Bloomberg News

FSA Proposes Tougher Liquidity Rules for Clearinghouses

October 05, 2011

(Updates with analyst comment in seventh paragraph.)

Oct. 5 (Bloomberg) -- The U.K. Financial Services Authority proposed tougher capital and liquidity rules for clearinghouses the day after a European Union agreement on measures to force more derivative trades through central counterparties.

Clearinghouses should have a liquidity buffer as part of their capital reserves to meet sudden short-term needs for cash, the FSA said in a report on its website today. Central counterparties, which backstop derivative trades between two parties, should also carry out stress tests to determine how much capital they would need to hold in times of crisis.

“We will consider whether a stress-testing plan provides for an appropriate range of adverse scenarios that adequately reflects the recognized body’s exposure to financial shocks, given its over-arching risk profile,” the FSA said.

EU finance ministers reached an agreement yesterday on rules to improve transparency in trading of over-the-counter derivatives. The Financial Stability Board has said clearinghouses should in turn face tougher regulations because a crisis at one of them could threaten the global financial system. The final version of the EU law will need to be completed in negotiations with the European Parliament.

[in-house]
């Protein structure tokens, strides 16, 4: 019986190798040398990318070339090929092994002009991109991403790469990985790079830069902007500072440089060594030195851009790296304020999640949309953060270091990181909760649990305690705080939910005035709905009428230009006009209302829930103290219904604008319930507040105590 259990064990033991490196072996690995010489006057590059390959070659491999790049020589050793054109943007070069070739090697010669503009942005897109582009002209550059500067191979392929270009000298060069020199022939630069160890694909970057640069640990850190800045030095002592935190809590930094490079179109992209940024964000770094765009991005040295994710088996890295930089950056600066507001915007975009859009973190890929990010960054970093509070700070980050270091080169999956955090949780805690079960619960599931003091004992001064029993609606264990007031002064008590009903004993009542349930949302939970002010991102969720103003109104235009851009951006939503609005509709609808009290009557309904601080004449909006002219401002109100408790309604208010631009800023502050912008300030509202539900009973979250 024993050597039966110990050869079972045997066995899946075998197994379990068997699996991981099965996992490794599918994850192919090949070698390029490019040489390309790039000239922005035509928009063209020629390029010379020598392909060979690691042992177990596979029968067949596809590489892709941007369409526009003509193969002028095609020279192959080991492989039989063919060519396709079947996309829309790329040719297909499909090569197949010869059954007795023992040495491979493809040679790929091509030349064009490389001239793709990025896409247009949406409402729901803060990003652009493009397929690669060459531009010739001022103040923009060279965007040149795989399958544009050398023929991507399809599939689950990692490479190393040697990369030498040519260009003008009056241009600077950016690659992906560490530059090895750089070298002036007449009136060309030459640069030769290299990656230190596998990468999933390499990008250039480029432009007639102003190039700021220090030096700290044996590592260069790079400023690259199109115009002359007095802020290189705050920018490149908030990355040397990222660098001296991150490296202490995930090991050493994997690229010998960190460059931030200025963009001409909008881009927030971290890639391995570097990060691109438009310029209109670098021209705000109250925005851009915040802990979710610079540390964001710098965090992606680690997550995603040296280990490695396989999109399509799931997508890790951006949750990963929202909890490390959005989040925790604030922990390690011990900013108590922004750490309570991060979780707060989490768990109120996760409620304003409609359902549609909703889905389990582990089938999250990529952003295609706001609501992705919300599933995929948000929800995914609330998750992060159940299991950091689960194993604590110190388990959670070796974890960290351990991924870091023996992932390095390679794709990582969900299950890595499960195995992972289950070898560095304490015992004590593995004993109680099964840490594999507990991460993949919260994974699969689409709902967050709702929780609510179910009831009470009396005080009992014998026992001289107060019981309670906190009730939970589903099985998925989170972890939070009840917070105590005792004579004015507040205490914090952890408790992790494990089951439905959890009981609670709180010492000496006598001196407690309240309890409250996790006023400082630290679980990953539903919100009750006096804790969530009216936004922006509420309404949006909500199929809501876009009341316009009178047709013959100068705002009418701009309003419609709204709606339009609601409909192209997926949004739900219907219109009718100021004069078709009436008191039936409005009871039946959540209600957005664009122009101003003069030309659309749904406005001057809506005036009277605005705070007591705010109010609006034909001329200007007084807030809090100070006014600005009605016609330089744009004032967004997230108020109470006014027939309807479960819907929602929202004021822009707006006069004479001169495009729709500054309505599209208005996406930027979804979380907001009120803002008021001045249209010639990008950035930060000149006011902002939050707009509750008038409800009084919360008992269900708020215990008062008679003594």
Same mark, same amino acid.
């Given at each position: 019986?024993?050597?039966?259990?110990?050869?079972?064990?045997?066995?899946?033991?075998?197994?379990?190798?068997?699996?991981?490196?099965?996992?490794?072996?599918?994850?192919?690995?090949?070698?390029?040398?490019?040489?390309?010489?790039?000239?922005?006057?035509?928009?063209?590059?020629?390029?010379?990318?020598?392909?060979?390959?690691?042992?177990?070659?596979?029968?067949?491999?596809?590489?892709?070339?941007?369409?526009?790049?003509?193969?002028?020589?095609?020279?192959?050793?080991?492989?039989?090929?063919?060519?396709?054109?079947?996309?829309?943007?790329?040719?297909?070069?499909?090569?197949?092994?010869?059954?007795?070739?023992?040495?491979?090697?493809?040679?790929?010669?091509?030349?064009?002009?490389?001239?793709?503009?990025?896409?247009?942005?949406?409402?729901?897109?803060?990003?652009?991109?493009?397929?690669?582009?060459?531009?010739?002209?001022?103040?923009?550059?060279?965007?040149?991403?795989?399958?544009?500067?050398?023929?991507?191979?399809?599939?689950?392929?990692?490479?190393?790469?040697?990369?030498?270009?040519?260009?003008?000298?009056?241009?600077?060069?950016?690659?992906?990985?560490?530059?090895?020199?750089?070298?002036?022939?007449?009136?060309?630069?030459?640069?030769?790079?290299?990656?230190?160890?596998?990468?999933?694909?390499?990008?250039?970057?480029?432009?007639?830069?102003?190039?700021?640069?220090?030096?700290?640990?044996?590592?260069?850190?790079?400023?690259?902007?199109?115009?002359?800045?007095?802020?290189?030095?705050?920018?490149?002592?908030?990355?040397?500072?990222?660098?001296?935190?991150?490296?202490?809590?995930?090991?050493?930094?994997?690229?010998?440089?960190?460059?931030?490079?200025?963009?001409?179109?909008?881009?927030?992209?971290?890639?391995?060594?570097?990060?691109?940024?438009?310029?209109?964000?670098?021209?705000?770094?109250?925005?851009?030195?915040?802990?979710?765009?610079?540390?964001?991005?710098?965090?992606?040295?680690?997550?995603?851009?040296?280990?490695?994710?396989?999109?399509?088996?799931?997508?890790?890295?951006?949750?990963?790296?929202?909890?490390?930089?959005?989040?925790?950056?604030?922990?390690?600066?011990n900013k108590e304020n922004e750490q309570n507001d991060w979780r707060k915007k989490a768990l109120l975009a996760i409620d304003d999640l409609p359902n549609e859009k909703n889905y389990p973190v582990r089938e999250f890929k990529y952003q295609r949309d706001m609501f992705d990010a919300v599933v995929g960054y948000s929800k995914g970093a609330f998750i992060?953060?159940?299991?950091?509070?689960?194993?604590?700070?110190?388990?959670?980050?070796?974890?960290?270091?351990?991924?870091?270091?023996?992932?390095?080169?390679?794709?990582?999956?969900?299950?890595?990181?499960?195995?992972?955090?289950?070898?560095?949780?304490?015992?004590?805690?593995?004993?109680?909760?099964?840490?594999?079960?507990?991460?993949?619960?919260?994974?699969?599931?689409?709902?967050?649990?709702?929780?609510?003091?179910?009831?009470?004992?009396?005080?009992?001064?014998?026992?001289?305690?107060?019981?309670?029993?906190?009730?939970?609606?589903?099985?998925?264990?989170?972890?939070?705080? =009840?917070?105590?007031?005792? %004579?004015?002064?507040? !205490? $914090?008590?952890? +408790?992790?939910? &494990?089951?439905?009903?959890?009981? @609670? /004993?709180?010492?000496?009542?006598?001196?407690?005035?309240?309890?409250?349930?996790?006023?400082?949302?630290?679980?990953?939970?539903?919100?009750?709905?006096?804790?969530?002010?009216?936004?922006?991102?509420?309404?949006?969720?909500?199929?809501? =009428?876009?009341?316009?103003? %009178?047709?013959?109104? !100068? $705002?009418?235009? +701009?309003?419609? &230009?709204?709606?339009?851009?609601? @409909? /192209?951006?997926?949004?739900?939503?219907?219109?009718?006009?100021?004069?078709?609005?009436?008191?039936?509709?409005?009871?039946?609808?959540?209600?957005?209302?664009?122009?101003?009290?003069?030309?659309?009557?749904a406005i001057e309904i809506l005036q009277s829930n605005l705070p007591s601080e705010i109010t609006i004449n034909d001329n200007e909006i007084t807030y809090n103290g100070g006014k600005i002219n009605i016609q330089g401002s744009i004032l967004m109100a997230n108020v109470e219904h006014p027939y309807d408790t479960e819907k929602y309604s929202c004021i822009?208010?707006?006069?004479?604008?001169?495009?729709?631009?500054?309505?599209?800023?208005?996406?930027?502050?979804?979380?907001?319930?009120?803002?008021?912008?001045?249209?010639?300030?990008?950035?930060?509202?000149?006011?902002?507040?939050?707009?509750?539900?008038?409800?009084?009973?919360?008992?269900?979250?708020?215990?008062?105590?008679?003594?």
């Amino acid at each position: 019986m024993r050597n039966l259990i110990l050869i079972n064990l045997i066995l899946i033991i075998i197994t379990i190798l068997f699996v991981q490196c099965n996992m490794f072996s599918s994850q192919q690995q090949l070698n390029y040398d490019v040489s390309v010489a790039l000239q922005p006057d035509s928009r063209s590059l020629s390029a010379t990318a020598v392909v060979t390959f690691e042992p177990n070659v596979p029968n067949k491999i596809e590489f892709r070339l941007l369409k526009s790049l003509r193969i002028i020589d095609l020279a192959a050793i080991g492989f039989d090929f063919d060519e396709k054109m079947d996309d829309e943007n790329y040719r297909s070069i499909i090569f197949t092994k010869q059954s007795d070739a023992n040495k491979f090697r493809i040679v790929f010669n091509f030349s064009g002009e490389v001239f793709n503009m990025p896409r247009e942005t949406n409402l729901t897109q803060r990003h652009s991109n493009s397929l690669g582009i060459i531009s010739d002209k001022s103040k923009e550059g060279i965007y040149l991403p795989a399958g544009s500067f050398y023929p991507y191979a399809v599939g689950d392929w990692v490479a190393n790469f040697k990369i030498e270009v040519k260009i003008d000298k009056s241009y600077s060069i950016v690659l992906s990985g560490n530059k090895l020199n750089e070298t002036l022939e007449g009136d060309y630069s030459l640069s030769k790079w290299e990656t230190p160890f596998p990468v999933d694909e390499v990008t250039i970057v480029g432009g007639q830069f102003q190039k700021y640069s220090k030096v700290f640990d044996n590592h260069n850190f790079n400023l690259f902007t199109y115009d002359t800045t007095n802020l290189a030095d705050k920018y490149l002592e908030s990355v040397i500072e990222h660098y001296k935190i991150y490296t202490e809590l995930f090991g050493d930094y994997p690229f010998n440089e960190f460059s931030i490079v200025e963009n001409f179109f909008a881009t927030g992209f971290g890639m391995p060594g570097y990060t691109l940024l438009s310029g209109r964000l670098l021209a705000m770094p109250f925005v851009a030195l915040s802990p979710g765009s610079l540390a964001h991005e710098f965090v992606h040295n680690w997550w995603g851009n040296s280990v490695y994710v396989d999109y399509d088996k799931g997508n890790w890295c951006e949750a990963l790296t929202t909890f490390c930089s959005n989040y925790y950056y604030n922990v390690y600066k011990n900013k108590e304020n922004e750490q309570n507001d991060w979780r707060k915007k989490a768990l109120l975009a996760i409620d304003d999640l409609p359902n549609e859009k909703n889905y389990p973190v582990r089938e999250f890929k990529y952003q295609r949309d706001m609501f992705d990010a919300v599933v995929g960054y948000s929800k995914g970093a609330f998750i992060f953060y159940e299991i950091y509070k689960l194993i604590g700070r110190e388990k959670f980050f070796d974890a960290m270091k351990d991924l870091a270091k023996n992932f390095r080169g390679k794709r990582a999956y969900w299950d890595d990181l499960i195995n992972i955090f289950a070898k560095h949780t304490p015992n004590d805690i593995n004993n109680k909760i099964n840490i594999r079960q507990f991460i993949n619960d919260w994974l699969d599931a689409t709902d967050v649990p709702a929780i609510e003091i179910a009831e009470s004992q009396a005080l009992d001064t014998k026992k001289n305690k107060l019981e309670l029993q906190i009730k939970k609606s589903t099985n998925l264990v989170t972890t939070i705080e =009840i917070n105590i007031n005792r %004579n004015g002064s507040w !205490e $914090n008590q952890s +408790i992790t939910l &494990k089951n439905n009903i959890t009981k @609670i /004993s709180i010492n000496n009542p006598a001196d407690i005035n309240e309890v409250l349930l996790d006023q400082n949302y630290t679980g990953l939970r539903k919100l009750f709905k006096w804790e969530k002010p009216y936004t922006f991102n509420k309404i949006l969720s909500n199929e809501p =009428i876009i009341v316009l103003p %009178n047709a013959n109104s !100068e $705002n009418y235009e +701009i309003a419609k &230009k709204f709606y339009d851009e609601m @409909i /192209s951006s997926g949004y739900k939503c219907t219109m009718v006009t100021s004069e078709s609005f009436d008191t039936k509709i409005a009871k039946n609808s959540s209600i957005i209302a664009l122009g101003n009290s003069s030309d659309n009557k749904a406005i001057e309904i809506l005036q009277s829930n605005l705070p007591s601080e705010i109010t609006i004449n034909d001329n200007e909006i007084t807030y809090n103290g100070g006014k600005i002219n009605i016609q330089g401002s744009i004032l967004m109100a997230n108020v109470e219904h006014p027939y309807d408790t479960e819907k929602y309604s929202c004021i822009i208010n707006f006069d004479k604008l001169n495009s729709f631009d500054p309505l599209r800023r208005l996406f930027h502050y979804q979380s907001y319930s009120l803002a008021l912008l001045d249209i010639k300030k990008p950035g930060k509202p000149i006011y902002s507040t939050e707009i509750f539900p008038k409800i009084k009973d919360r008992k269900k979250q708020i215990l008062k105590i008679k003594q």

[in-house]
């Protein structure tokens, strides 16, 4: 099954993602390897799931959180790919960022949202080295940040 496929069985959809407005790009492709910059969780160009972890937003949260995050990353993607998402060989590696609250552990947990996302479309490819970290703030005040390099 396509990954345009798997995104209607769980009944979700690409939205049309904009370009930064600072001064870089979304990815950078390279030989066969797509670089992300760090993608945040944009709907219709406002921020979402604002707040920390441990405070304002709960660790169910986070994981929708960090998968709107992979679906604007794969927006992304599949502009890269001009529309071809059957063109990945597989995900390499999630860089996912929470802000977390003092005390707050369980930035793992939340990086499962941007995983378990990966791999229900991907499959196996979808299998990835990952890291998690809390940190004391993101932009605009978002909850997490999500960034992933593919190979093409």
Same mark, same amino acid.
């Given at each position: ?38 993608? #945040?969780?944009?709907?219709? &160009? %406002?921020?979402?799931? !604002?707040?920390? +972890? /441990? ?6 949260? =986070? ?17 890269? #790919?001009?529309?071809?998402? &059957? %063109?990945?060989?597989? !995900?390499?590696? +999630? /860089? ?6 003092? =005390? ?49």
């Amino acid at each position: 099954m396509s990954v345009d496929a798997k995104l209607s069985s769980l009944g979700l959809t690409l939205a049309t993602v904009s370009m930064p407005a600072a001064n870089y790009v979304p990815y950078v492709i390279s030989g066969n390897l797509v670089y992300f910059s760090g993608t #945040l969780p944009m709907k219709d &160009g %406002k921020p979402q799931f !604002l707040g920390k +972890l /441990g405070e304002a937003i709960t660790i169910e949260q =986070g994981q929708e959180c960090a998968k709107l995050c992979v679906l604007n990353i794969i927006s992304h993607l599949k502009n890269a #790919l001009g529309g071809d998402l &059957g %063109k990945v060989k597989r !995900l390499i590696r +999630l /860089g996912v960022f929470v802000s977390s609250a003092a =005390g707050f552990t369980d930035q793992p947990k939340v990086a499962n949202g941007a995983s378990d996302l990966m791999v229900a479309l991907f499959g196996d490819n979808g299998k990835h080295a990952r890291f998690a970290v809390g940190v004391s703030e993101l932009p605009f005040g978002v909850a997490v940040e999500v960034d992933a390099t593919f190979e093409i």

Clearinghouses such as LCH.Clearnet Group Ltd. and Deutsche Boerse AG’s Eurex Clearing operate as central counterparties for every buy and sell order executed by their members, who post collateral, reducing the threat from a trader’s default.

Systemic Risk

Yesterday’s deal would cover a broad swath of over-the- counter derivatives, which the EU estimates includes 90 percent of all derivatives trades. Derivatives that don’t meet that definition -- and which aren’t covered by specific exemptions -- will face a central clearing requirement in future legislation.

“It’s clear that the potential systemic risk due to concentration through central counterparties and clearinghouses is of concern to regulators,” James Babicz, head of risk at business analytics firm SAS U.K., said in an e-mailed statement. “What is unclear is how this will be adequately addressed.”

The increasingly important role central counterparties have to play in the global financial system means that “it is appropriate that the financial standards recognized bodies have to meet should be set conservatively,” the FSA said in the report.

--Editors: Christopher Scinta, Peter Chapman

To contact the reporters on this story: Ben Moshinsky in London at

To contact the editor responsible for this story: Anthony Aarons at

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